is offering its people and the world an entirely different model of governance. It’s one in which a Leninist Party rules
and everyone must think and act according to the will of the Communist elites. That’s not a future that I want, I think
it’s not a future that anyone in this room wants, it’s not a future that other democracies
want, and it’s not a future that the people of China – the freedom-loving people of
China everywhere don’t want this model. President Trump’s National Security Strategy
lays this out. It recognizes China as a strategic competitor. That means there’s challenges and there’s
real opportunities, and we hope that we can engage with them in ways that are constructive. But it’s reality. It’s the truth. It’s also the case that we didn’t choose
some of these issues. China forced them upon us. In the coming months, I’m going to give
a series of sets of remarks. I’m going to talk about each of these in
some more detail. I’ll talk about the competing ideologies
and values and the impact that has on America and the world. The Chinese Communist Party is a Marxist-Leninist
Party focused on struggle and international domination. We need only listen to the words of their
leaders. I’ll discuss too how they interfere with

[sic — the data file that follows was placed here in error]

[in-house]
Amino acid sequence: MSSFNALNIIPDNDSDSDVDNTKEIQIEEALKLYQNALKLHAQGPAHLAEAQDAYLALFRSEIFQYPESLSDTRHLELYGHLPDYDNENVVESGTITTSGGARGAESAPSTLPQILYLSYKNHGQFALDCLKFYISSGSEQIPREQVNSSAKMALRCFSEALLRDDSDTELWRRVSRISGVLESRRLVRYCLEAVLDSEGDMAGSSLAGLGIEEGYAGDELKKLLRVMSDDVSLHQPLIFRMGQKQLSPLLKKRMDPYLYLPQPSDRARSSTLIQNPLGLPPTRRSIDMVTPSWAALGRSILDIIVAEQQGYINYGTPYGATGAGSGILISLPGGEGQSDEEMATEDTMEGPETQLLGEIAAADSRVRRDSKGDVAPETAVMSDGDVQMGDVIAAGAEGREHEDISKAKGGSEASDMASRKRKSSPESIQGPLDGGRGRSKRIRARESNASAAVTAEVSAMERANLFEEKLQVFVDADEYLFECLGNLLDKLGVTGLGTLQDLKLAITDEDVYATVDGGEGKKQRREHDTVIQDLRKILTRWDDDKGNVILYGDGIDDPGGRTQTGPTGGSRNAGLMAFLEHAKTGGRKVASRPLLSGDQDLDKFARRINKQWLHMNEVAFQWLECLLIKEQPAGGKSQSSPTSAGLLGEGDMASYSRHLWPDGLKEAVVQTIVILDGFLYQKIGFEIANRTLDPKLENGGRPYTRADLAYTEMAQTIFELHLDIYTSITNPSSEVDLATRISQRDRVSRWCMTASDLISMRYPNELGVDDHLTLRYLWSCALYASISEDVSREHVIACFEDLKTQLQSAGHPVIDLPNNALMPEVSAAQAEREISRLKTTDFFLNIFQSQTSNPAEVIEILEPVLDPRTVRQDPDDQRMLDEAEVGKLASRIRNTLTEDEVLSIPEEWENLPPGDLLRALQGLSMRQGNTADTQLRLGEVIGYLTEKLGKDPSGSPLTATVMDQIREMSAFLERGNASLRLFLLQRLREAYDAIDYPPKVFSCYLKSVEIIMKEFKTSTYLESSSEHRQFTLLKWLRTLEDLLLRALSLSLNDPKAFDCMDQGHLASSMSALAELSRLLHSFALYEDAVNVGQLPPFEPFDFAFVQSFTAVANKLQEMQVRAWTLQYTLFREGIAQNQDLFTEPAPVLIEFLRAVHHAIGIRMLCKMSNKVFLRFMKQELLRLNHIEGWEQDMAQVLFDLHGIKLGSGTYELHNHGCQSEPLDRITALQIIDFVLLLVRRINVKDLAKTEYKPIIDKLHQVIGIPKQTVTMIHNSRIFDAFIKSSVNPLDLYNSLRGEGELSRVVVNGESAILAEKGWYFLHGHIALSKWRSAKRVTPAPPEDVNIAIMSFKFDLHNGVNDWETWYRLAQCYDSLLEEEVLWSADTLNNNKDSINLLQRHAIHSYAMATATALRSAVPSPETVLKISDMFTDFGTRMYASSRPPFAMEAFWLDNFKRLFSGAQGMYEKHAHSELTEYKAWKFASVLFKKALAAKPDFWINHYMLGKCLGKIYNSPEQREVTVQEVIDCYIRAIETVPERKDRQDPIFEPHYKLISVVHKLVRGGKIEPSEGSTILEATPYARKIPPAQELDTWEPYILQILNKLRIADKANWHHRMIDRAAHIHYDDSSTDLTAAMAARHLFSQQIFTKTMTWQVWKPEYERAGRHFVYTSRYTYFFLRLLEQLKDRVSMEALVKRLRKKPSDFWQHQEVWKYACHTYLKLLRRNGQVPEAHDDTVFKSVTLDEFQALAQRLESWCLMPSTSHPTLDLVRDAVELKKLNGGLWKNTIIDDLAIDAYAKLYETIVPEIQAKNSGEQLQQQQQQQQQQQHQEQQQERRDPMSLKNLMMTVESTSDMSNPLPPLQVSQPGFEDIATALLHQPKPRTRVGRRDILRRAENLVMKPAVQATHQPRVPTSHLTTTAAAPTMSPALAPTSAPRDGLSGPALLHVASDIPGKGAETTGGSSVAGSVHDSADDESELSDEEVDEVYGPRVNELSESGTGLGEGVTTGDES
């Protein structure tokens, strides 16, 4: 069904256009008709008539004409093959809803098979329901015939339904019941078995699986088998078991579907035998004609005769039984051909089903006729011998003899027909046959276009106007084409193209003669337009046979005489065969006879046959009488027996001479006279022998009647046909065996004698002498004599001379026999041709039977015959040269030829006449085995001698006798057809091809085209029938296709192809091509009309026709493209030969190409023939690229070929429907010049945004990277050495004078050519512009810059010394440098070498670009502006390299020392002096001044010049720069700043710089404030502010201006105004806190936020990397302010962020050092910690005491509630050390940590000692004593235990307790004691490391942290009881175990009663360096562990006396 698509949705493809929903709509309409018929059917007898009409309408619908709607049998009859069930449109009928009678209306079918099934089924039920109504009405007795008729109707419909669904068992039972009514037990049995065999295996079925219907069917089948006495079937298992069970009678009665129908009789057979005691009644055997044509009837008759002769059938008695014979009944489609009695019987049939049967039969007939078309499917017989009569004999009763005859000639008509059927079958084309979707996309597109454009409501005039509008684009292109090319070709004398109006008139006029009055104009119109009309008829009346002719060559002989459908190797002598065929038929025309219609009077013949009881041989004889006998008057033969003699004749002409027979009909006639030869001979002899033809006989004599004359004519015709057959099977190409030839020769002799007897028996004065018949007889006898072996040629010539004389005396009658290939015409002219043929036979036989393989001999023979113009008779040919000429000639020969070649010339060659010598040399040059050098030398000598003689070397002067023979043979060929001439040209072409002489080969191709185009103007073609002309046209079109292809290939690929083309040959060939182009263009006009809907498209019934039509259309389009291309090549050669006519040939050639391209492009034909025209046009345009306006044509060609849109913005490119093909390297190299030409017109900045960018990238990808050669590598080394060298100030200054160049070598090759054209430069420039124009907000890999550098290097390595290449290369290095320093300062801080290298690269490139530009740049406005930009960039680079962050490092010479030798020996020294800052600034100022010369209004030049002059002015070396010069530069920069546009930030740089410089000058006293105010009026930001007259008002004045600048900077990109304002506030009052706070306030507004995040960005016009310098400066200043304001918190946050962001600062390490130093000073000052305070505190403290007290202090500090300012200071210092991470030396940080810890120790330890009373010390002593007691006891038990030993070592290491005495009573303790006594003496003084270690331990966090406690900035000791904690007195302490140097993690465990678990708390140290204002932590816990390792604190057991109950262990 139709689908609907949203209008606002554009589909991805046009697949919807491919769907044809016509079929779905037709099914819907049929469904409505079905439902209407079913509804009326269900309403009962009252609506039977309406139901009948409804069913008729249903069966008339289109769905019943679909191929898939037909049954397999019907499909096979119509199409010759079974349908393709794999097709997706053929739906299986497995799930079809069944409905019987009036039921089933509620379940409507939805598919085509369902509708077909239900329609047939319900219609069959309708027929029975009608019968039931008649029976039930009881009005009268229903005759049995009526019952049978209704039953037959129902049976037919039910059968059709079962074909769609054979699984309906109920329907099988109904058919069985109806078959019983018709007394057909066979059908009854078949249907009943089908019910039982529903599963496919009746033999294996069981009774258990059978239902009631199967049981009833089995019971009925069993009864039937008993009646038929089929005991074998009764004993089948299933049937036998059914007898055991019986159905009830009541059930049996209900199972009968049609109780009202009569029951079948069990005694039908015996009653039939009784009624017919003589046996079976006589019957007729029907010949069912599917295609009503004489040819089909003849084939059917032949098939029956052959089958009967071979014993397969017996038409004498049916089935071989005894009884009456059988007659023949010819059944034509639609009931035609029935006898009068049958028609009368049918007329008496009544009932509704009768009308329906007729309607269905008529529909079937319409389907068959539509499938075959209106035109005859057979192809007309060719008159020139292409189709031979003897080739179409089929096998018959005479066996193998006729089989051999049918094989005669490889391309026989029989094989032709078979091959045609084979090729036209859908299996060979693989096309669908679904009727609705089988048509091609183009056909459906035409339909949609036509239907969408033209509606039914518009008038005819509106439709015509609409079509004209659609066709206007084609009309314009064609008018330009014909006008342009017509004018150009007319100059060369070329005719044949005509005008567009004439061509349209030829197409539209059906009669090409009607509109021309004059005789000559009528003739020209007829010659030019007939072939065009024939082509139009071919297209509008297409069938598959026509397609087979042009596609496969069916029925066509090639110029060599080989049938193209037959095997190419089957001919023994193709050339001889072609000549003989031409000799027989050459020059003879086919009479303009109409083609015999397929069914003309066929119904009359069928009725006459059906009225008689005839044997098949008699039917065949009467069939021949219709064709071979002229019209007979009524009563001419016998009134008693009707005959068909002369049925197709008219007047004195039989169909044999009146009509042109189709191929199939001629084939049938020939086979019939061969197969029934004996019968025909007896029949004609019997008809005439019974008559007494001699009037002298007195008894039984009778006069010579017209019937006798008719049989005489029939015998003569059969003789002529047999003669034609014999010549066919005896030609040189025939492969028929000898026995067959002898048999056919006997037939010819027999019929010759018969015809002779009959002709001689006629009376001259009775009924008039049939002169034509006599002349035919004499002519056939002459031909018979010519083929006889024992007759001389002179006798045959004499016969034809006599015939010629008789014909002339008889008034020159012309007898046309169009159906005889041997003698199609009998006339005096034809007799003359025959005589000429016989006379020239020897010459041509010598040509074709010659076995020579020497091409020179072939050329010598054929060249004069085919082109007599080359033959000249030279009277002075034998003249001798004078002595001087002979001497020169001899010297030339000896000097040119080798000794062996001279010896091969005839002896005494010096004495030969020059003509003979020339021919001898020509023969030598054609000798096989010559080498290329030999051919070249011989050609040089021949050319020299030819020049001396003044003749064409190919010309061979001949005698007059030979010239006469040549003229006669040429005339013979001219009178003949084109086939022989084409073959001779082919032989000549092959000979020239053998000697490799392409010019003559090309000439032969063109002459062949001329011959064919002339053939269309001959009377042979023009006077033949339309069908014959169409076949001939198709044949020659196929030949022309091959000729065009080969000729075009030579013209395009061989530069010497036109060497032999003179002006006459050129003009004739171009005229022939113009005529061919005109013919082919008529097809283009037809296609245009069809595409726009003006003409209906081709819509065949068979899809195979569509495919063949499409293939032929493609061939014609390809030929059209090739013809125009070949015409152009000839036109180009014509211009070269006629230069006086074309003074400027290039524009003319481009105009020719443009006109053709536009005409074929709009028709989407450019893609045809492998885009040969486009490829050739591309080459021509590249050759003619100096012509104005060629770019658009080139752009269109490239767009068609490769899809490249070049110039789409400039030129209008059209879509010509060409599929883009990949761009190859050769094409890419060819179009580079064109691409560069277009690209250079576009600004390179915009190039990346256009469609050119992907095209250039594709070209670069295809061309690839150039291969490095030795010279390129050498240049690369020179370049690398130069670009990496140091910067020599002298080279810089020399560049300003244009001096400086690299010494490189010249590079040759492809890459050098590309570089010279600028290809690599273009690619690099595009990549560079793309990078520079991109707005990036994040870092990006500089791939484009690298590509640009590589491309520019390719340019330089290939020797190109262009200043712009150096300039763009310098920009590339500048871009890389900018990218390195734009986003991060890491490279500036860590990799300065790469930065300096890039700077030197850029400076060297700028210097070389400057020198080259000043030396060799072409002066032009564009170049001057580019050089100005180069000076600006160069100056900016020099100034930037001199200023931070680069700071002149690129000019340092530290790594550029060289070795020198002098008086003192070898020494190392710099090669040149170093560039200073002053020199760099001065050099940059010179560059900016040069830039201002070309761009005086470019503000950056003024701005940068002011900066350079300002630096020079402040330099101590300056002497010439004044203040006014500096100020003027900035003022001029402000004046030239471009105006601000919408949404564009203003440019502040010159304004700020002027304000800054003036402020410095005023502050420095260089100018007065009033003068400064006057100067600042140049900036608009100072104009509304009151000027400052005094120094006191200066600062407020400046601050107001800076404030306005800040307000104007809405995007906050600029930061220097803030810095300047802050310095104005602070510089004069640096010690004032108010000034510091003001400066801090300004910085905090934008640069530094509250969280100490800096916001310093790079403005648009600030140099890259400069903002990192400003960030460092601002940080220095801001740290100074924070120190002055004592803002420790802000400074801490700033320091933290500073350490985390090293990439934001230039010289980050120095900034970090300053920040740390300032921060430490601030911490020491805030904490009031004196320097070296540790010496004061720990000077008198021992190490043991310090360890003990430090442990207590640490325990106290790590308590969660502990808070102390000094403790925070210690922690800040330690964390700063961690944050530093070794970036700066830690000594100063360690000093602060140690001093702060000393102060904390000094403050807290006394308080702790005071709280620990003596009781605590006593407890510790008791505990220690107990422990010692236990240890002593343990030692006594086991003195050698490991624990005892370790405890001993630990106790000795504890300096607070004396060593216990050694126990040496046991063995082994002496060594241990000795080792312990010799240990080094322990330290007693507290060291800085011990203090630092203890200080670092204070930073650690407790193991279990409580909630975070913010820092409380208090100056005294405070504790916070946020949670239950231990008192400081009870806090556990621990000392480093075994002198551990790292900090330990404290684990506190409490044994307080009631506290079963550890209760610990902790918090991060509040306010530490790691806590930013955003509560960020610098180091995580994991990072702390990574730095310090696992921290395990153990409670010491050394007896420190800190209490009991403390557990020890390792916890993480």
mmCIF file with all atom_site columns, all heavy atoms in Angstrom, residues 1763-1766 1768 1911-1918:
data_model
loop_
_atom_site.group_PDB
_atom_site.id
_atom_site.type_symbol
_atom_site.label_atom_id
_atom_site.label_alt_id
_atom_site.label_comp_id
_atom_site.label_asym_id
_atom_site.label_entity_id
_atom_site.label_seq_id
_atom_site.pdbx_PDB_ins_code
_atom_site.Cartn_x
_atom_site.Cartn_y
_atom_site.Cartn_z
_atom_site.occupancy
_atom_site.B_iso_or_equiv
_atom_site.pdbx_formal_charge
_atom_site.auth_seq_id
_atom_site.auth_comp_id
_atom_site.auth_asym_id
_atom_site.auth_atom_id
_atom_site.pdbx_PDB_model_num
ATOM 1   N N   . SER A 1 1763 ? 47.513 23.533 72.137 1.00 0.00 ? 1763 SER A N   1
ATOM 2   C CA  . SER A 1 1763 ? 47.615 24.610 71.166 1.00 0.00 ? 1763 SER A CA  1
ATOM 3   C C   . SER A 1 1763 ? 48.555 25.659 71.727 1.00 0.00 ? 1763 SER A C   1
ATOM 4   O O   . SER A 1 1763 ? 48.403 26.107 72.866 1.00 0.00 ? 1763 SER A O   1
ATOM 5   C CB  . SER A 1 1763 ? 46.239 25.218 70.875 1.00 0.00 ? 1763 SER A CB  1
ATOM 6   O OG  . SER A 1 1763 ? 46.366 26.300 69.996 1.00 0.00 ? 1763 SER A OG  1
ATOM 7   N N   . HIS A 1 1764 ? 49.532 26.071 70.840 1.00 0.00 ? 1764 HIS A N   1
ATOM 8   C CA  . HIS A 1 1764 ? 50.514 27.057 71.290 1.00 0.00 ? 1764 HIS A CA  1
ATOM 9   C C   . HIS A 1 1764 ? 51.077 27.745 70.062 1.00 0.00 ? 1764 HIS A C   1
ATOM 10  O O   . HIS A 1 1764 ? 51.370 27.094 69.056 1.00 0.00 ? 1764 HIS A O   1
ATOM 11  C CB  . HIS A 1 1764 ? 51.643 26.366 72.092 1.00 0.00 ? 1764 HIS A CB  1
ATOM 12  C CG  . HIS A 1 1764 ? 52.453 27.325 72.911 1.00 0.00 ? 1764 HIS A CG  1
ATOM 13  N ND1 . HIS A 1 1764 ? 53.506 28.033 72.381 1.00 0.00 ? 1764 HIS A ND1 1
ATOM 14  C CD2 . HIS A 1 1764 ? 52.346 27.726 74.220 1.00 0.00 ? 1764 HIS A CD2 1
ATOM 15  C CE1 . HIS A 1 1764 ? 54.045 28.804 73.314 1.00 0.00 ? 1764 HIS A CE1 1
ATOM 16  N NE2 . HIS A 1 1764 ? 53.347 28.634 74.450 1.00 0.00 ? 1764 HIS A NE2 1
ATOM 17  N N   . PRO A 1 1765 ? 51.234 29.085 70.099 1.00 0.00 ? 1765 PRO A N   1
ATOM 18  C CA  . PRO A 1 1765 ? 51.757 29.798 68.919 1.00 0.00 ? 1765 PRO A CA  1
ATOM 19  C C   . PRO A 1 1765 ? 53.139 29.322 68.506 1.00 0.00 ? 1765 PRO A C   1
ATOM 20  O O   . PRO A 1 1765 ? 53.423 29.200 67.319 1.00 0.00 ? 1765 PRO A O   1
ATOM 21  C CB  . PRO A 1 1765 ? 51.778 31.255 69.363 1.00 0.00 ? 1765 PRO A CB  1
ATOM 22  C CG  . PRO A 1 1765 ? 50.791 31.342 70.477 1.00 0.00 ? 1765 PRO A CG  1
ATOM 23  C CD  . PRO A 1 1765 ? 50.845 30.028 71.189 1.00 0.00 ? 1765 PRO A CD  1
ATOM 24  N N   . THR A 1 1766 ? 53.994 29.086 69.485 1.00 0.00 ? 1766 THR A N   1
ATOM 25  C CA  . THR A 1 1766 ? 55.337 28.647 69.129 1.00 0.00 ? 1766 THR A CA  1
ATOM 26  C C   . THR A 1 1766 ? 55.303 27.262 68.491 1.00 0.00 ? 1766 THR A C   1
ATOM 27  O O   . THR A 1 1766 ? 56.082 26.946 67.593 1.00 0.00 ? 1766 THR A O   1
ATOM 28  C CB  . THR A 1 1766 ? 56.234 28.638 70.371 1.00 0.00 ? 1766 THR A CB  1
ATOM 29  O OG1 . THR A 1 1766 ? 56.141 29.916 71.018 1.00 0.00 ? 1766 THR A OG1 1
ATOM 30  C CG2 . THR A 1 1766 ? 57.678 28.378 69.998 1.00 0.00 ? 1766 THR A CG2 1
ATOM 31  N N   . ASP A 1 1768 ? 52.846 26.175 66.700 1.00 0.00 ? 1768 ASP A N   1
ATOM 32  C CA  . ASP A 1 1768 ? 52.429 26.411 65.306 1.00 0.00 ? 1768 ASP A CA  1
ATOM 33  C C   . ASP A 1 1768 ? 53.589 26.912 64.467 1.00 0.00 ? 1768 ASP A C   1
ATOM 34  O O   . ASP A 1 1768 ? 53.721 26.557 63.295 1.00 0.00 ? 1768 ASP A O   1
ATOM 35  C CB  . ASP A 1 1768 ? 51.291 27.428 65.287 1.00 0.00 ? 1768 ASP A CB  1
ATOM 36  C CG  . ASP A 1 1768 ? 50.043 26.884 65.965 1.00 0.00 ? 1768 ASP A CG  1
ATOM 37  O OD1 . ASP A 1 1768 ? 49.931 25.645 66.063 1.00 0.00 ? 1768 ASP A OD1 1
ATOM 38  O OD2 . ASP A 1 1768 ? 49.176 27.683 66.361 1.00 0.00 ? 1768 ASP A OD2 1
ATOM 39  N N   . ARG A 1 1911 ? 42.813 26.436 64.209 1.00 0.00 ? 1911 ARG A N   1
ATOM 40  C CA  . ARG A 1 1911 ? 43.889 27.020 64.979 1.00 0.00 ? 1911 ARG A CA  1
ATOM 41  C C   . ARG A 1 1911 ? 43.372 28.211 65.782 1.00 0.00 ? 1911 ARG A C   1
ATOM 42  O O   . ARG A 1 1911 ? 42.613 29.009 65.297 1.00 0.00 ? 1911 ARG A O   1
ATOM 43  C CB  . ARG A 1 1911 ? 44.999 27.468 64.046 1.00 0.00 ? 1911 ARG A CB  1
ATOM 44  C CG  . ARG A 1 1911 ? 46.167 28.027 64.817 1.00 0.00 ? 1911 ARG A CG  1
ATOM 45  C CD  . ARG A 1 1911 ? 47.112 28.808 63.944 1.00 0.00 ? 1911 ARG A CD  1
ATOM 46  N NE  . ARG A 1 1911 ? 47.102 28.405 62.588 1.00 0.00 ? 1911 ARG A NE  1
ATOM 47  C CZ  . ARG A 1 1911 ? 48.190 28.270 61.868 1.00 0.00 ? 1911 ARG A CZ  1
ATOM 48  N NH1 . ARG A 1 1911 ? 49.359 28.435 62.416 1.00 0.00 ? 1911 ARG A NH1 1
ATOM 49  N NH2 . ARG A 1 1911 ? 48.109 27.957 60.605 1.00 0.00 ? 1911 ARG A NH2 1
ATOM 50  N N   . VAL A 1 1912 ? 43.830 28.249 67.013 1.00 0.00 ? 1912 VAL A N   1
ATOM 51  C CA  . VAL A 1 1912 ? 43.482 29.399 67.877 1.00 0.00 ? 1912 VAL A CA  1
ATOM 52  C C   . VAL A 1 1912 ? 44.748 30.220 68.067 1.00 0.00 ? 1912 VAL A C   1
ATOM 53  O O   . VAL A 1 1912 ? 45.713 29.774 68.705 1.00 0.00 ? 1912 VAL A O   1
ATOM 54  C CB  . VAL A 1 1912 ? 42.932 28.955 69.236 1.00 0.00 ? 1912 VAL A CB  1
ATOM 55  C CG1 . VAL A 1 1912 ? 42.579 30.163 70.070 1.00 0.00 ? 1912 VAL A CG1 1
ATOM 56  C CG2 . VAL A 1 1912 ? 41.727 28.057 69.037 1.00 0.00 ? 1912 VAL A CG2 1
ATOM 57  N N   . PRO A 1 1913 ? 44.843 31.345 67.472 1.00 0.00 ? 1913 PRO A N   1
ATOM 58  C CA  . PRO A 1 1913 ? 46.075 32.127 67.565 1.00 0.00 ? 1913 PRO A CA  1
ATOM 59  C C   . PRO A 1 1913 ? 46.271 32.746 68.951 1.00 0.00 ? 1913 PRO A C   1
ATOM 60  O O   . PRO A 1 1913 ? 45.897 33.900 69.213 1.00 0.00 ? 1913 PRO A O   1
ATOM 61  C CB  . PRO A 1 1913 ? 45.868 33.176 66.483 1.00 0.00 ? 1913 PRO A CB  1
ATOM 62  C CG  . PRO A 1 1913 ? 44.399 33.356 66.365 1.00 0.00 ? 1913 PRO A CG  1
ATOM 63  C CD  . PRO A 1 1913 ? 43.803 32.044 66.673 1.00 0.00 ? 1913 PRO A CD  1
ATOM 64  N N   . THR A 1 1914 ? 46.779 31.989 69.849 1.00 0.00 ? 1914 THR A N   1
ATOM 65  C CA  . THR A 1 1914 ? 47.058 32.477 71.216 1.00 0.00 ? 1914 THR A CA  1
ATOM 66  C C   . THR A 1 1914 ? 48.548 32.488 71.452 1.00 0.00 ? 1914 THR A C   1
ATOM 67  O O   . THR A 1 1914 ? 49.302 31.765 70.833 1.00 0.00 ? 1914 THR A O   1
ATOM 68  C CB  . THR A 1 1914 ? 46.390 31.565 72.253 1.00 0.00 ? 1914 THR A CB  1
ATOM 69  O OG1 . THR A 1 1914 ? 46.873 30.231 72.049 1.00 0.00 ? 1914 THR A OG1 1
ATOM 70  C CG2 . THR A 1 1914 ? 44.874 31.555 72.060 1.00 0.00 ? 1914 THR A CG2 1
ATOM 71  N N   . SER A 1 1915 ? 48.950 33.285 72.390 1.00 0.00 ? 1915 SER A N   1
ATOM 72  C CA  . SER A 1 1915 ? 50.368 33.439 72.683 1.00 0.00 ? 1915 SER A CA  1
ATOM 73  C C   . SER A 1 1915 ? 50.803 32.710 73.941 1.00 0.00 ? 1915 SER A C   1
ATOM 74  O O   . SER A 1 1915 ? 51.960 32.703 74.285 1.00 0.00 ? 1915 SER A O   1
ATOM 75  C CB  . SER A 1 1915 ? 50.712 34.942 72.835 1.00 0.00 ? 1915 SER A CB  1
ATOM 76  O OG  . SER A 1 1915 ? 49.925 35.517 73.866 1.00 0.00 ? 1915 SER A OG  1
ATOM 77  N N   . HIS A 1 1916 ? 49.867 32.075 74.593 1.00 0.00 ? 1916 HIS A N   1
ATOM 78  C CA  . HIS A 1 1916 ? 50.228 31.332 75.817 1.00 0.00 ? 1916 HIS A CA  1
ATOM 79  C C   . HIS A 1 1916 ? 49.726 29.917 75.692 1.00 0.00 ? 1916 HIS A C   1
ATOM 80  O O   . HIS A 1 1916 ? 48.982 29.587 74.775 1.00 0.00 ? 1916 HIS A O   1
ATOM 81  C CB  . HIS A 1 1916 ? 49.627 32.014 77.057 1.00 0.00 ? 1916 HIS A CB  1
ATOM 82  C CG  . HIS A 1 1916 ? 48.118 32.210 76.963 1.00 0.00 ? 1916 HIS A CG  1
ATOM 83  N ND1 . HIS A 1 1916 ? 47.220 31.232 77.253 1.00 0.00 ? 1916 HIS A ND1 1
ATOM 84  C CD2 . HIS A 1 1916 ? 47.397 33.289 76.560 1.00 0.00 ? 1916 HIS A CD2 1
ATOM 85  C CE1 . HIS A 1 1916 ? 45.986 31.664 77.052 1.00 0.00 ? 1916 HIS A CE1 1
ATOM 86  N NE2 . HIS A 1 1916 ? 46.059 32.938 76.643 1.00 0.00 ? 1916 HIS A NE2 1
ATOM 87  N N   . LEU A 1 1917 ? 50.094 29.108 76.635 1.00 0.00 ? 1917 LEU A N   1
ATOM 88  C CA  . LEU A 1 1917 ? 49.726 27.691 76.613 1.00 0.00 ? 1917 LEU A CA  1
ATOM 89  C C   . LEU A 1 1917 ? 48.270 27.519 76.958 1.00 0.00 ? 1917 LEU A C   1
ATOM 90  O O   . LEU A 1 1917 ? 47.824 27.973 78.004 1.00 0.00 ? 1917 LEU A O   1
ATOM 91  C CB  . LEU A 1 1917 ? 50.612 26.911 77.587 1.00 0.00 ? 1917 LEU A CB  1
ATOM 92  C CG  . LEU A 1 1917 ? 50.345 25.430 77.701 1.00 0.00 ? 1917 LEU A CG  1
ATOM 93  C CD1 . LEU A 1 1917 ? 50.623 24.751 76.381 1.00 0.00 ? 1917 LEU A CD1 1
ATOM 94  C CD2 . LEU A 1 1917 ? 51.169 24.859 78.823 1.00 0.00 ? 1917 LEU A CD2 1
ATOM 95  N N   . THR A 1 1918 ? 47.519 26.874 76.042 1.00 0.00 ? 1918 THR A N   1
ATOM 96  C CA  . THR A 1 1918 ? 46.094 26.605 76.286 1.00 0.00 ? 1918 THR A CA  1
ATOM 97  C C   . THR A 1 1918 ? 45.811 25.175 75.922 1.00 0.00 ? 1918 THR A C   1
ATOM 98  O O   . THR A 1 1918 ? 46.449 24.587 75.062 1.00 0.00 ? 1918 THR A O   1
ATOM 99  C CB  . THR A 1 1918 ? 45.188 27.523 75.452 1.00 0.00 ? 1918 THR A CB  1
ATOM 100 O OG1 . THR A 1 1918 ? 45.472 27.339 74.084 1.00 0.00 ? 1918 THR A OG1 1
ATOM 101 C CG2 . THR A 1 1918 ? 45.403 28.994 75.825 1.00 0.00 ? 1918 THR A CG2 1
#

the things we take most for granted here in the United States. The party’s intelligence agencies, the United
Front Work, and its propaganda outlets have embarked on a global campaign to change public
opinion in favor of Beijing. We want to preserve our freedoms – our freedom
of speech and we want to make sure that information flows freely everywhere. And I’ll discuss too the impact on the international
order. Beijing is actively creating its own international
space and it participates in international organizations to validate its authoritarian
system and spread its reach. We in the United States, and I think the good
people who are part of the Hudson Institute, want to preserve the existing free and open
international order that the United States has helped create and continues to lead. And I’ll too – talk too about the economy. China has engaged in unfair predatory economic
practices and it’s utilizing state assets to build its economic footprint all around
the world. We want China to be successful. We want it to have a successful economy. We want a transparent, competitive, market-driven
system that is mutually beneficial for all involved. You can see the first steps towards that in
the Phase 1 deal that we are close to signing. I’m optimistic we’ll get there. It’s a good thing, a place that we can work
together. We want to make sure that we get that right
and we want to make sure that the economic relationships are fair, reciprocal, and balanced
as between us as well. I think this will show that there is common
ground to be had, and the Trump administration will work tirelessly to find it wherever we